Moulavis in Leadership series

Important Training Resource for Muslims

 

After two years in intense development, the Moulavis in Leadership series of 6 modules has been released. The series invites Muslim clerics to critically reflect on their stance on pertinent issues of our times – based on scholarly re-interpretations of the Qu’ran and Hadith. The set of modules are available for use. There is no copyright but please acknowledge the author, Dave Andrews, and Bridging Lanka.

1.   Being Muslim in the Modern World

The first module seeks to frame being Muslim in the modern world in terms of practicing a Bismillah spirituality of compassion, mercy and grace. 

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2.   Engaging the Modern World as a Muslim

This module invites Muslims to respond constructively to the criticisms of Buddhists: an attitude of religious superiority, militant politics and the oppression of women.

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3. Reading the Qu’ran in the Modern World

Module three introduces Muslims to a contemporary hermeneutical approach to interpreting the Qur'an that avoids the pitfalls of a fundamentalist Salafi approach to their scriptures.

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4. Developing Partnerships in the Modern World

Module four encourages Muslims to develop the capacity to create partnerships with people of other religions, particularly with Christians.

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5. Understanding Muslim Views about Music

Module five encourage Muslims to consider how best to rethink about music, particularly modern music which is basically banned by Salafis in Sri Lanka.

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6. Caring for Animals in Allah’s World

Module six continues to encourage Muslims to reconsider their negative view of certain animals particularly donkeys and dogs which are treated terribly in Sri Lanka.

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“Simply excellent!” says Dr Adis Duderija, Senior Lecturer in Study of Islam and Society at Griffith University, Brisbane, Australia, regarding this series of workshop booklets.

(L to R) Dr Adis Duderija, Dave Andrews (the author), Jeremy Liyanage

The Author

Dave Andrews is the author of the Moulavis in Leadership series. Dave is an Australian social activist, community worker, founder of the Waiters’ Union - an inner city Christian community network in Brisbane working with Australia’s Indigenous peoples, refugees and people with disabilities, member of the Australian Muslim Advocates for the Rights of All Humanity, and author of Bismillah, Ramadan and The Jihad Of Jesus. He is an international interfaith contributor who has spoken at the Masjid Al Farooq in Kuraby, Logan, Australia, the Islamic Center of Boston, Massachusetts, USA, the Omar Moschee in Wiesbaden, Germany, the Muslim Training College in Cambridge, England and in the grand London Central Mosque in Regent’s Park, London, UK.

The Hard Yards

These training materials were vetted by a group of Sri Lankan Muslim leaders including from All Ceylon Jamiyyathul Ulama and organised by A.B.M. Ashraff, the former Director of the Dept of Muslim Religious & Cultural Affairs, in consultation with Sheikh Nuruddeen Lemu, the Director of Research at the Dawah Institute of Nigeria, Islamic Education Trust, Minna in Nigeria. As a result, Mr Ashraff was so enthusiastic about the materials that he conducted Module one, Being Muslim in the Modern World himself in Sri Lanka. In addition, Sheikh Nuruddeen Lemu appreciated the materials so much he asked permission to use some of the modules at his Dawah Institute in Nigeria.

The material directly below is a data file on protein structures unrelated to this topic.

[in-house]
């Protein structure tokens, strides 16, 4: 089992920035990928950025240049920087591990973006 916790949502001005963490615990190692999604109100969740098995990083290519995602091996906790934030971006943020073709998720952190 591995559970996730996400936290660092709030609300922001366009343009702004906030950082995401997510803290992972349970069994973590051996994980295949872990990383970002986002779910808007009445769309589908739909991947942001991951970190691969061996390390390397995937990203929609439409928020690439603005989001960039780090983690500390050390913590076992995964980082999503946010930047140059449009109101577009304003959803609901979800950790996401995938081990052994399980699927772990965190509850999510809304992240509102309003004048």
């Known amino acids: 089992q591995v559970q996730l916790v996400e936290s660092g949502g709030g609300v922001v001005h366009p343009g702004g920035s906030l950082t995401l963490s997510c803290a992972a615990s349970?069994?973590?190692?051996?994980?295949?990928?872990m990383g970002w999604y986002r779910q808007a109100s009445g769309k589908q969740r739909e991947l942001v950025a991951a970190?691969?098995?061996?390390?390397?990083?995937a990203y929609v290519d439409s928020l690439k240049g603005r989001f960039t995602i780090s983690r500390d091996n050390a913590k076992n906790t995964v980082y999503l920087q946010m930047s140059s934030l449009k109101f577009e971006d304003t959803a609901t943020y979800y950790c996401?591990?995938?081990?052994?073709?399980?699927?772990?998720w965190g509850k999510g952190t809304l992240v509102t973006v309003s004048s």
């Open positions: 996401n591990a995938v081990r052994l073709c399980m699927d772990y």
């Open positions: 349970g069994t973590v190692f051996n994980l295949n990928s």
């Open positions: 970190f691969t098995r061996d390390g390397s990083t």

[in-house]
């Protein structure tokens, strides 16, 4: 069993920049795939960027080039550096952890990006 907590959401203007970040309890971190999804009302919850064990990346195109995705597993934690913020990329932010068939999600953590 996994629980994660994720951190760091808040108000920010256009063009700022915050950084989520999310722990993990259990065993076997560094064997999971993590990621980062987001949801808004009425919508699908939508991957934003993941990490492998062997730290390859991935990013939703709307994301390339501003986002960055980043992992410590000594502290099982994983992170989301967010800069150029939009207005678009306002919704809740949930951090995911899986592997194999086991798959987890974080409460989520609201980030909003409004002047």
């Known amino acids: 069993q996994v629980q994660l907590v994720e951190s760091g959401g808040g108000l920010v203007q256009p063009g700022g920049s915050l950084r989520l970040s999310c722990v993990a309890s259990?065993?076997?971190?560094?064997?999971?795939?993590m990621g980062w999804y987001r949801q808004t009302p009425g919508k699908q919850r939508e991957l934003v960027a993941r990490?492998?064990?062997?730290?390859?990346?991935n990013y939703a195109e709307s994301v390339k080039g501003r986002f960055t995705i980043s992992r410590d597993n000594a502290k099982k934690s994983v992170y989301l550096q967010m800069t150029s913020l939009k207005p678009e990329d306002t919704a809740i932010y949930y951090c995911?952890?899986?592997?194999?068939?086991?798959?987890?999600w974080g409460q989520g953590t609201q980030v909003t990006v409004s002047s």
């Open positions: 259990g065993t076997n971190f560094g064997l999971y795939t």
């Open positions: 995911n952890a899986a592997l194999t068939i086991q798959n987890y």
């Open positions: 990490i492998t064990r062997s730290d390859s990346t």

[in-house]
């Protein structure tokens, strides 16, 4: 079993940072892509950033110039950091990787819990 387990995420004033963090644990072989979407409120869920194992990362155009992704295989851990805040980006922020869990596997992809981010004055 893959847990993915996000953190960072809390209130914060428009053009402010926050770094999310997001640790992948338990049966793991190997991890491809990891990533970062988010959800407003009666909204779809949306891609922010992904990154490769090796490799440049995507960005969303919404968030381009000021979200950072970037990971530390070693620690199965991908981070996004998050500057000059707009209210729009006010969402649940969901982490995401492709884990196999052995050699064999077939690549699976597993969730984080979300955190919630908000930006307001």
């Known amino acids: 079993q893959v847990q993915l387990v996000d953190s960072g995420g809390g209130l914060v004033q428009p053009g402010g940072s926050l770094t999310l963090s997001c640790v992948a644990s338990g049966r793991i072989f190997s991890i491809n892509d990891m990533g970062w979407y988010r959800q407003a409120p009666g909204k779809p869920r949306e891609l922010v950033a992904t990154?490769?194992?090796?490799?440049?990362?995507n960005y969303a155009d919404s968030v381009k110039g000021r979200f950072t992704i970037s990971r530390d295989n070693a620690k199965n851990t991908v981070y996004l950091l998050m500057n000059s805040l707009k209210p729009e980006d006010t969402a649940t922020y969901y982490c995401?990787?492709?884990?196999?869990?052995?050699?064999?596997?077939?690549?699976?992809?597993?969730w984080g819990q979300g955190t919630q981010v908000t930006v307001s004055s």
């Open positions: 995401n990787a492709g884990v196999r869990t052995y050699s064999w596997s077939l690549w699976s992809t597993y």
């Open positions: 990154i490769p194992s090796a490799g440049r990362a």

Relational Free-fall

Since the end of Sri Lanka’s civil war in 2009, relations between Sinhala Buddhists and Muslims in Sri Lanka have deteriorated markedly. In early 2017, Bridging Lanka’s directors became gravely concerned about waves of anti-Muslim sentiment sweeping across Sri Lanka, generating much hate speech fuelled by impunity and an aggressive social media. We were convinced that if a major response to quell this anti-Muslim push was not forthcoming, serious consequences would ensue.

Taking the Pulse

In July 2017, Sri Lanka’s South Asia Policy & Research Institute teamed up with Bridging Lanka to ‘take the pulse’ of the Muslim community in the face of sustained verbal and physical attacks. Some thirty Muslim clerics gathered to voice the challenges they faced. A plethora of issues surfaced including, a diminishing morale among Moulavis – low levels of education, low salary and disrespect from Muslim followers; the tag of ‘Muslims as terrorists’, concerted violence by Bodhu Bala Sena members and for how long could they keep silent in the face of such aggression, and the question of why women are being so controlled in Muslim societies.

Bridging Lanka Responds

Then our worst predictions came to pass with the anti-Muslim violence across 14 towns in Kandy district, with its epicentre in Digana. Bridging Lanka commenced working with both communities, concentrating its efforts on the conflict epicentre of Digana. Part of this ‘social cohesion’ response was the development of the Moulavis in Leadership workshop material to address constructively the legitimate criticisms of the Muslim community by the Sinhala Buddhists. 

Towards Religious Harmony

This and a number of other social cohesion initiatives were commenced and funded by a Direct Aid Program grant from the Australian High Commission to Sri Lanka. We are most grateful for this timely contribution. The project, Towards Religious Harmony, aimed to (a) better understand the causal factors leading to an alarming increase in violence against Sri Lanka’s minority religious communities, particularly Muslim; (b) identify grounded approaches to reducing attacks against person, property and places of worship; and (c) trial realistic civil society responses that would foster respectful and harmonious inter-religious interaction and social cohesion. 

Pure Buddhism in Deed